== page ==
The video game content streaming company Machinima has agreed to settle on the Federal Trade Commission’s (FTC) charges that they engaged in acts of “deceptive advertising” for Microsoft.   

 

XBox One

(money.cnn.com)

In 2014, the media streaming company was accused of taking money from Microsoft to help with a marketing campaign to promote the Xbox One. It was later found out that Machinima gave over $45,000 to popular YouTube channels to say good things about the Xbox One and its games through video reviews. This created outrage from their fans because they failed to disclose that what they were saying wasn’t their authentic feelings. Why does it matter that they didn’t admit it was an advertisement from the start?

 

“When people see a product touted online, they have a right to know whether they’re looking at an authentic opinion or a paid marketing pitch,” said Jessica Rich, the Director of the Bureau of Consumer Protection.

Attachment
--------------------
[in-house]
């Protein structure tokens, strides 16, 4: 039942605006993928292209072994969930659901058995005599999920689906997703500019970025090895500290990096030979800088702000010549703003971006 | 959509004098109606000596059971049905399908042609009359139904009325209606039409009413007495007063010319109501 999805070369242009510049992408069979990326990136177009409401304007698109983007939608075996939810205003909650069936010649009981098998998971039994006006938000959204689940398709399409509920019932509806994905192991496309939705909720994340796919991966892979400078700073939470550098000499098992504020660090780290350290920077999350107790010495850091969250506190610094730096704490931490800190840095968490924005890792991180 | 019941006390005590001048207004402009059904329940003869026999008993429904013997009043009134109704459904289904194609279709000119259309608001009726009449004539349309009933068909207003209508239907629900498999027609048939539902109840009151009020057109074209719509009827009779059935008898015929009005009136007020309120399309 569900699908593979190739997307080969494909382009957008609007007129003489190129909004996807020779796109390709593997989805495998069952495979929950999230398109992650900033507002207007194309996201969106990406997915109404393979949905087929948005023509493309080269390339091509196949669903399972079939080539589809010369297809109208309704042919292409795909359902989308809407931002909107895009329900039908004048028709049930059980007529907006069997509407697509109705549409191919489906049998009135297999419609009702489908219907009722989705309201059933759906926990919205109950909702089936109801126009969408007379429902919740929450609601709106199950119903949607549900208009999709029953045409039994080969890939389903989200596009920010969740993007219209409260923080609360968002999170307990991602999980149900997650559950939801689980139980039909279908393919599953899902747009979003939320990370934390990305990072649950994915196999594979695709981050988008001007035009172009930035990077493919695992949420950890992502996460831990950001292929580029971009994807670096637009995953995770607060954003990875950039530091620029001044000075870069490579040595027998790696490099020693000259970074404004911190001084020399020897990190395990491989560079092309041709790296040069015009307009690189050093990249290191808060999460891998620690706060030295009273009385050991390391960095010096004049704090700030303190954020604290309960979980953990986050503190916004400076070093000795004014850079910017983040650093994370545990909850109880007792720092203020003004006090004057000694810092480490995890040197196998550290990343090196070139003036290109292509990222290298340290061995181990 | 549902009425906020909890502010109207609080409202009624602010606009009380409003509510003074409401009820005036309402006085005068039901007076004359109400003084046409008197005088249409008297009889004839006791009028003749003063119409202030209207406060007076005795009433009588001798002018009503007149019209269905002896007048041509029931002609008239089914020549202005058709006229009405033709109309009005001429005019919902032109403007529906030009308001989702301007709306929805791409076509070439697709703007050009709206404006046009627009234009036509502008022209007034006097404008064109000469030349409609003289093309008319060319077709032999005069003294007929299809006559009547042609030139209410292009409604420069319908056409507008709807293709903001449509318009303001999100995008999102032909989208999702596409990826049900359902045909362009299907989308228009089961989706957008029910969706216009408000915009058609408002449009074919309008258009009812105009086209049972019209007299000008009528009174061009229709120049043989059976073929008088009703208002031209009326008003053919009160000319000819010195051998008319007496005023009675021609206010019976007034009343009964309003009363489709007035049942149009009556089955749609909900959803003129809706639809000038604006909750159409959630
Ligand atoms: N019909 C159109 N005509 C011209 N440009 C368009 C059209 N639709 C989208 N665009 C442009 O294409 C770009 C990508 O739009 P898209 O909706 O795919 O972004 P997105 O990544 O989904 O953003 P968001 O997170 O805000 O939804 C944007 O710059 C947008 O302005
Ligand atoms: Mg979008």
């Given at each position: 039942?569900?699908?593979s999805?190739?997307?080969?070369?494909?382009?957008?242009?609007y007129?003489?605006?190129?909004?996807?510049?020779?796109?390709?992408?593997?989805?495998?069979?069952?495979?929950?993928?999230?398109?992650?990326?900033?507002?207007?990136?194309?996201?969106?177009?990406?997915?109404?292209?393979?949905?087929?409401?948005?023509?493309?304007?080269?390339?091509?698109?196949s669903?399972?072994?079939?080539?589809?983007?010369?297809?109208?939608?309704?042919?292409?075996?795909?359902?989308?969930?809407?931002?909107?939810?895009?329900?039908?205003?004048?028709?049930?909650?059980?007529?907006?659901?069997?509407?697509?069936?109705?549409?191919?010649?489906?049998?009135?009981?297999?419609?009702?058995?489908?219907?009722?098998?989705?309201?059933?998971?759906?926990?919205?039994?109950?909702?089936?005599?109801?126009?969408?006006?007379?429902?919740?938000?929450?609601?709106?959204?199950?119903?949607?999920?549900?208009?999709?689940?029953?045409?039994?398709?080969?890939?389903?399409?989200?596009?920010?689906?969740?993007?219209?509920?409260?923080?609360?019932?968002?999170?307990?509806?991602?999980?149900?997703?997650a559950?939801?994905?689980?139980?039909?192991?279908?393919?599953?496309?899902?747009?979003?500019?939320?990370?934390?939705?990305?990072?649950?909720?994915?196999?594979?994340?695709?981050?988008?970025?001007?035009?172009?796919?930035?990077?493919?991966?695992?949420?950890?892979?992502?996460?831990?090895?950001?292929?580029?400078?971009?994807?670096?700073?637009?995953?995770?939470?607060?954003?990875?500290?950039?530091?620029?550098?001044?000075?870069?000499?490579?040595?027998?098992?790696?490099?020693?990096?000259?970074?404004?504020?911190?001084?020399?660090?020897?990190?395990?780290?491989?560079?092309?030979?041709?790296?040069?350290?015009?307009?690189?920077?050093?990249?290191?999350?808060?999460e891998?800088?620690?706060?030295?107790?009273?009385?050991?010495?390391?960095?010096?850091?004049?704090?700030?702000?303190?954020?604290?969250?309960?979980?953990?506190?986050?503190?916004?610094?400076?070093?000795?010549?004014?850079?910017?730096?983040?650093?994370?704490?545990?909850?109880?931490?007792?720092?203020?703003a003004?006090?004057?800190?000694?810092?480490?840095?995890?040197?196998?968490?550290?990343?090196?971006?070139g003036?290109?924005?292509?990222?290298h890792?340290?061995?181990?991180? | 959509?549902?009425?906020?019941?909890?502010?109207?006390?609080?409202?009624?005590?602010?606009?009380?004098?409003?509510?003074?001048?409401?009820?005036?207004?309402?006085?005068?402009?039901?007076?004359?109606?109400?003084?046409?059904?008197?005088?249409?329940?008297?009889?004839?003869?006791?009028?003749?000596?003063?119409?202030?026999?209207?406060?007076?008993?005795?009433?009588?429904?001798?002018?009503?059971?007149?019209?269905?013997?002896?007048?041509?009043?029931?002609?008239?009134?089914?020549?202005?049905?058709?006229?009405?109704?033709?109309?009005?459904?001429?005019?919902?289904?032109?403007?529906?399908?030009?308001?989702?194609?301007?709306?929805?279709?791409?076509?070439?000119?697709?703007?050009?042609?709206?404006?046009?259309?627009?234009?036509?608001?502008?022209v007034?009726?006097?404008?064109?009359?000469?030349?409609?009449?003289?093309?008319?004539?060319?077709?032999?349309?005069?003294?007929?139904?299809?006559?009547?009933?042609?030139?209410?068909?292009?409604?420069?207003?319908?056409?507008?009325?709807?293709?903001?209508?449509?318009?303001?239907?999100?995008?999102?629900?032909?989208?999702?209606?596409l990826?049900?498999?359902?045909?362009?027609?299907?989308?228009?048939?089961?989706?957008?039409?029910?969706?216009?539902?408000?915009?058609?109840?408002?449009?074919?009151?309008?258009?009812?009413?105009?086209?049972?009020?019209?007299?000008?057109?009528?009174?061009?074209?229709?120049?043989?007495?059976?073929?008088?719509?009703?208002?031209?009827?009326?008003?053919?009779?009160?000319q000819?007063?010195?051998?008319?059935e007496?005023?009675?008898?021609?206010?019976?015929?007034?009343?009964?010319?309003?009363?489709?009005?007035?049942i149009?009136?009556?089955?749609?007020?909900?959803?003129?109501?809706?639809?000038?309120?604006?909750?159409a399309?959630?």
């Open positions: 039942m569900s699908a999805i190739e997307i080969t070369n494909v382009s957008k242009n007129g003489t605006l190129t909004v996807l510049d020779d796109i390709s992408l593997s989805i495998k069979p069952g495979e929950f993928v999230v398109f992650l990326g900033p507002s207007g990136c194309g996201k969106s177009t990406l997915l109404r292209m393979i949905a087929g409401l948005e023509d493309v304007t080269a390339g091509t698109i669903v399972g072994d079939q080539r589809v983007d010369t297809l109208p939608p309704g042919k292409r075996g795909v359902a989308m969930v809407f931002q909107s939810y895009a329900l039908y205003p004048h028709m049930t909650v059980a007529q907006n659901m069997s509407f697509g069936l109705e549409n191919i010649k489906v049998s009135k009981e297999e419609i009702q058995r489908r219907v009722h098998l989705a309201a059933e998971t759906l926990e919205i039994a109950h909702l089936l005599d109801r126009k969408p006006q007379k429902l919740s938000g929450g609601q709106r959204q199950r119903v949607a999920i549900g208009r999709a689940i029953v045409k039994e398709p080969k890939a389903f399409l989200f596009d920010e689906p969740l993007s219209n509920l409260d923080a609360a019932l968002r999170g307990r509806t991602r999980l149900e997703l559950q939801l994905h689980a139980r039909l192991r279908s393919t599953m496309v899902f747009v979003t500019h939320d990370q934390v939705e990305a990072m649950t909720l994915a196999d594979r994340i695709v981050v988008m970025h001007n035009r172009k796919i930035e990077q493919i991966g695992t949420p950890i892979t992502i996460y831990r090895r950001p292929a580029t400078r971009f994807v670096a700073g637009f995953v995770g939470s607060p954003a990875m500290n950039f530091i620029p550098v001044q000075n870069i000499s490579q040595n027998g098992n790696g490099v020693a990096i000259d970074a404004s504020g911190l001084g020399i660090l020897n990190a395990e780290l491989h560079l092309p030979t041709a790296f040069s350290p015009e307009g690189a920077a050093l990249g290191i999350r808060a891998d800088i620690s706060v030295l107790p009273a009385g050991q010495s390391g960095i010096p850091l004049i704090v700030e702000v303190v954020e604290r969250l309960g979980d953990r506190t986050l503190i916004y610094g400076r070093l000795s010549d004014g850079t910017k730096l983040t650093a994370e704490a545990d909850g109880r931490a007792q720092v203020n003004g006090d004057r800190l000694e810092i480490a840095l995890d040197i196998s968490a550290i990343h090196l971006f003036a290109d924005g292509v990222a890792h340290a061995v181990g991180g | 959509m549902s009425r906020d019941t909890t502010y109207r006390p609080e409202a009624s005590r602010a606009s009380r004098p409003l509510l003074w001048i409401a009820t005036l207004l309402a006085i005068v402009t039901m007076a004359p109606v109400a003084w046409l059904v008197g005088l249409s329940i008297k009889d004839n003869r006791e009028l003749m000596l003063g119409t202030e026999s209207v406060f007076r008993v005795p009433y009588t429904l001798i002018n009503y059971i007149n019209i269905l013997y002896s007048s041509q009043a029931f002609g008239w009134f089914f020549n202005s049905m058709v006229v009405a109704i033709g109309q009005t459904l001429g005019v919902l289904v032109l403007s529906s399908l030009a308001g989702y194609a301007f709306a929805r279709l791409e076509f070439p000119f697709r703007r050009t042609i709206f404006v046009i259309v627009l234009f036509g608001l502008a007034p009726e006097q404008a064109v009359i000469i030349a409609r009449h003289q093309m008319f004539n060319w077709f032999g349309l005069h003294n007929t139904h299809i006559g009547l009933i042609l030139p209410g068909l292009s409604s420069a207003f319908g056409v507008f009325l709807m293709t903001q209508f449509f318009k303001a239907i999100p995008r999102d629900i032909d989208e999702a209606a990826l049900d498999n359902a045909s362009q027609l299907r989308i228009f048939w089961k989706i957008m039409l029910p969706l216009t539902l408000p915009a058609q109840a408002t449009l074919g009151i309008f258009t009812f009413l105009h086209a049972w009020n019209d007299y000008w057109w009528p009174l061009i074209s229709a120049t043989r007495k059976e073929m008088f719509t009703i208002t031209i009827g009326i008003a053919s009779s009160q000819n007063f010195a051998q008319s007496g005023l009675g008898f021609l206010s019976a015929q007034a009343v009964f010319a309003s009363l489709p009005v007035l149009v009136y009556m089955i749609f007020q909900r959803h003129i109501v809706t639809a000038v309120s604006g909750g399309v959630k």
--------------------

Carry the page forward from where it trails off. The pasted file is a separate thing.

When most viewers watch a video game review, they expect to hear opinionated statements that will help them to decide if they would like to purchase the game or not. If the video’s producer is paid to spread a positive message about the game, the audience would want to know so they can decide if they still want to hear out the pitch.

 

Microsoft isn’t facing the same FTC charges or public criticism as Machinima, since the company stated that they were unaware that the media streamer paid “influencers” to produce positive reviews. They have also ended their advertising relationship with Machinima after news of their marketing practices were made public.    

 

“We have asked Machinima to not post any additional Xbox One content as part of this media buy and we have asked them to add disclaimers to the videos that were part of this program indicating they were part of paid advertising,” said a Microsoft spokesperson.  

 

The FTC has prohibited Machinima from using similar advertising practices in the future. More guidelines are starting to be put in place that requires content creators to identify their work as an advertisement if their message is controlled by a paying advertiser.        

 

Did your view of Machinima change after you first heard the charges? Should content creators have to disclose that they are paid by advertisers? Leave a comment or talk to me on Twitter @Karbowski_Devon.